From this follows that ‘going Agile” is not something that can be relegated to the troops while the generals continue business as usual. On the contrary: there has to be very strong leadership, by example and by changed behavior, to support an organization’s move to Agile.

So in conclusion, the disillusionment with Agile is understandable. Now that practitioners are waking up to the root causes, we’re entering a new, more mature stage of Agile-ness and move into the era of Executive Agile Transformation.

Thursday, December 16, 2010

Corporate Behavior Therapy

A while back I started to write about how organizational transformation is not rooted in activities and tools, but in people’s behaviors.

After several more years in the field, I have noticed that the most effective approach to OT is akin to Cognitive Therapy. In a nutshell, CT aims to change how people think about and react to inputs and as such change how they view themselves and the world around them.

OT has a very similar goal. You aim to change the way a company or division views themselves and their ecosystem. And that is done most effectively by changing people’s behaviors.

The most critical part of that behavior is how people measure each others performance. Do political apparatchiks make it to the top, despite their lack of business contribution or are people measured on their impact on the firm’s revenues, reputation and talent retention? From a simple survival perspective, people will behave according to how they can be judged most successful.

On a more tactical level, how project portfolios are handled and how the projects therein are valued is another critical component of how a company executes. Is the concept of a project portfolio a list of projects with people’s allocations? Or is it an asset portfolio, with constantly changing valuations and real-time feedback of the overall health? Are projects judged by how well they follow some process or by how rapidly and accurately business needs are met?

Then finally, how are innovators treated? Does every new idea need to be vetted with one person or a committee or are people given a forum where they can display their ideas and stir enthusiasm? Do a few people have the power to squash new initiatives unchecked or are these evaluated on their objective merits?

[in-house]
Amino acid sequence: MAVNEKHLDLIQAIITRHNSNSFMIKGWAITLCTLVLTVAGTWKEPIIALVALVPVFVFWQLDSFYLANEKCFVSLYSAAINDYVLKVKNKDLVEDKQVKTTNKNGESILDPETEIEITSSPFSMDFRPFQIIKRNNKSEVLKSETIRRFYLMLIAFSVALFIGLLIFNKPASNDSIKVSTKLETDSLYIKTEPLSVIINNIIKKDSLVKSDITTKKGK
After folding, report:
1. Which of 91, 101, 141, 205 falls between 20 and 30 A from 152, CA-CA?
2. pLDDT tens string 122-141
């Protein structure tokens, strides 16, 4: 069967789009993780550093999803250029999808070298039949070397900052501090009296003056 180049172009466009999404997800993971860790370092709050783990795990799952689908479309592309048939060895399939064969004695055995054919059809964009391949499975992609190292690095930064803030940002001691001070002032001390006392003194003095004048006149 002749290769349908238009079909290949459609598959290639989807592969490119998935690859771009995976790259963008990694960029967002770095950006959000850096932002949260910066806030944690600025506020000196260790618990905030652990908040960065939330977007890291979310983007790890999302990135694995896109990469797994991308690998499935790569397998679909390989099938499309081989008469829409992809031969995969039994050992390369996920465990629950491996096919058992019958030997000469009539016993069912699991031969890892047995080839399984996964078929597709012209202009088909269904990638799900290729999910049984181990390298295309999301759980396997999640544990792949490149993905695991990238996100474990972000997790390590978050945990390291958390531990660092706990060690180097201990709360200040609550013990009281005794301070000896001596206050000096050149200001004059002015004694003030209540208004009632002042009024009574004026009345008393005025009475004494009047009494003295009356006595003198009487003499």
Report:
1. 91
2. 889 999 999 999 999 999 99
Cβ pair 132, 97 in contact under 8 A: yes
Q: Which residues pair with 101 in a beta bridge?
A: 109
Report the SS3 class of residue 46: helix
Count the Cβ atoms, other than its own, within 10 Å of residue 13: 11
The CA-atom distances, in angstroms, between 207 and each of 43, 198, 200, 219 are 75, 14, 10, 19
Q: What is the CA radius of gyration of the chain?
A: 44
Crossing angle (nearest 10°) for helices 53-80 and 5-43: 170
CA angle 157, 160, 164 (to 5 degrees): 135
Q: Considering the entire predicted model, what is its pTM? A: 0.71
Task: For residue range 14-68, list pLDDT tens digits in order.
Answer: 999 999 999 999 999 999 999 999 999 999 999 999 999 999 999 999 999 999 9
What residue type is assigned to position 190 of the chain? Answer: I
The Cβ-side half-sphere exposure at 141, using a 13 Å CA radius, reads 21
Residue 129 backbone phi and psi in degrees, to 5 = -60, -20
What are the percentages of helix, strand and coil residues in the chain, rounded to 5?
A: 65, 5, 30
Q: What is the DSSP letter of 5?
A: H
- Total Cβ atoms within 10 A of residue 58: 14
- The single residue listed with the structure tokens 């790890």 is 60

Most corporate behaviors are rooted in its culture. So to change those if needed, a culture shift will be necessary. That is a huge challenge, often avoided by OT practitioners. It’s a lot easier to talk about specific activities and tools than about people themselves. However, this topic cannot be avoided if OT is to have a chance to stick.

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Friday, December 10, 2010

The Real Adventure Begins

Well, I finally did it!

I started my own management consulting practice. It sounds like a bigger deal than it is, really. But being a free agent surely has its advantages. And I just LOVE that title, president…

Starting an S-corp is not the hassle it used to be. You can incorporate, get a domain with a website, get your EIN, open a corporate account, and pay your taxes, all without getting dressed. You still have to mail in your articles of incorporation and fax in your form 2553, though. Poo…

So the next challenge is creating a pipeline of work. As I have written before, The Network Is Your Career, and no more so than when you are your own product.

Here is where your reputation and the connections you have nurtured over the years make all the difference. In keeping with the season, if you have been naughty and driven a hard bargain, you may end up with lumps of coal for projects. If you have been nice however, and played fair, were reliable and kept your clients’ interest at heart, you are welcomed back wherever you go. In today’s hyper-connected world, it’s easy to spread the word. But there still is great value in contacting old friends and colleagues and explaining to them what your focus is. They may not be prospects, now or ever. But they talk to people that may need your help. And the better your network knows what value you can bring, the more leads you get.

Coming out of a nasty recession, it appears many companies are realizing that business as usual no longer cuts it. But they are grappling with formulating a vision of what “better” would look like. What makes improving even harder is that executives and directors have not woken up to the notion that nothing will change unless they start measuring their reports differently. A Program of Change is for staff, not the corner office.